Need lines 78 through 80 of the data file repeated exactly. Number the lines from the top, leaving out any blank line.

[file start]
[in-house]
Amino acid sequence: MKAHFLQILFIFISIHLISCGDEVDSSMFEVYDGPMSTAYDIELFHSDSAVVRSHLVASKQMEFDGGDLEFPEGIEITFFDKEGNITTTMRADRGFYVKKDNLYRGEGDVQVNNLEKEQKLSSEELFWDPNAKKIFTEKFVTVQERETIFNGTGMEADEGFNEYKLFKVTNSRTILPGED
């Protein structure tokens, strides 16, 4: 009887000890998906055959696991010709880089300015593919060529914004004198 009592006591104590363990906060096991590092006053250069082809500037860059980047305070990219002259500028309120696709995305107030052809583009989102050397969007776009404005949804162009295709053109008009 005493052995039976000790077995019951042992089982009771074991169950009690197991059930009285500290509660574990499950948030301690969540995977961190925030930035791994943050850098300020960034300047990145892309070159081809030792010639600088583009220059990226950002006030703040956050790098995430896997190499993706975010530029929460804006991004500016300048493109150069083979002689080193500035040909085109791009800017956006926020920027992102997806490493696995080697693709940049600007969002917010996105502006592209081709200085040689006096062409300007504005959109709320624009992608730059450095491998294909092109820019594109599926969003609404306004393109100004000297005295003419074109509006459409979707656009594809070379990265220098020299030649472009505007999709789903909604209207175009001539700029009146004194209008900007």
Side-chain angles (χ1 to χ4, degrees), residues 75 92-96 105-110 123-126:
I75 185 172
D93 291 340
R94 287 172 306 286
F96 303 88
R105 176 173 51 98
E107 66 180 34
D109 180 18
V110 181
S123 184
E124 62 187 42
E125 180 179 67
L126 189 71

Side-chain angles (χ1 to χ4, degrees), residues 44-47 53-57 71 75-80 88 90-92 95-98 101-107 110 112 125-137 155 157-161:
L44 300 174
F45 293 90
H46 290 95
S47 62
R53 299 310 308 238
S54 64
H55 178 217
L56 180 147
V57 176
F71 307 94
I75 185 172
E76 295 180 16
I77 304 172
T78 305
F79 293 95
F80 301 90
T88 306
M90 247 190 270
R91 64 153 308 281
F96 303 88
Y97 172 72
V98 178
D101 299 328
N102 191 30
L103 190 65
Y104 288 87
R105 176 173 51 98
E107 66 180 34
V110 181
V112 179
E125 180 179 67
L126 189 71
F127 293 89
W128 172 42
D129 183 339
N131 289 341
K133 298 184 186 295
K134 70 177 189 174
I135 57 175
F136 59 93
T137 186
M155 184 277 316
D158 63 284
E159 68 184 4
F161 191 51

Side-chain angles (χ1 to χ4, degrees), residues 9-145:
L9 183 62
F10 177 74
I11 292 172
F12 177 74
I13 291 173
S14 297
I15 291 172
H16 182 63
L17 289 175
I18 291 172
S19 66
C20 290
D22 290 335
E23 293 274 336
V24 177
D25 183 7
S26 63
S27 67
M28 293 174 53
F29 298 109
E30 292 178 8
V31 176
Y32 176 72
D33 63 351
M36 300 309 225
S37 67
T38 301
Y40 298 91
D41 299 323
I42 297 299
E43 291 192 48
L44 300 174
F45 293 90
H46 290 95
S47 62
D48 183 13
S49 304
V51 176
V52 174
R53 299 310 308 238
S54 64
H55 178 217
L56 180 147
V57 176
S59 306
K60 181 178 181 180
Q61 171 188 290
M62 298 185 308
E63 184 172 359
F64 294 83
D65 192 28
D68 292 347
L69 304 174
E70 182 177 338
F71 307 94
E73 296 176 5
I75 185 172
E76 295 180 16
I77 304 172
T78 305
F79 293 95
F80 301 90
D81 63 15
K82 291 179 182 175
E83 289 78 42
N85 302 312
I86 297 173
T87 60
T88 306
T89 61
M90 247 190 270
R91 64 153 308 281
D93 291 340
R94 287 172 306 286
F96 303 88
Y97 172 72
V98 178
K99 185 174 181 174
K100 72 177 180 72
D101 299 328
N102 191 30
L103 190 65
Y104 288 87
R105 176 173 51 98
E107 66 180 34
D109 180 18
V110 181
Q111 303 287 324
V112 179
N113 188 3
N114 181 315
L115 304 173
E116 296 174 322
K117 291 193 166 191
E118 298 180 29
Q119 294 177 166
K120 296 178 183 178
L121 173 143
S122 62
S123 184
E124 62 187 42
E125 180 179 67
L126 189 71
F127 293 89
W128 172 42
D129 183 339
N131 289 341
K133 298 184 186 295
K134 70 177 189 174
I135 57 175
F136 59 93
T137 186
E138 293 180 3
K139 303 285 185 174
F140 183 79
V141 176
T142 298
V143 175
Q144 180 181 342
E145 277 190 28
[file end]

V24 177
D25 183 7
S26 63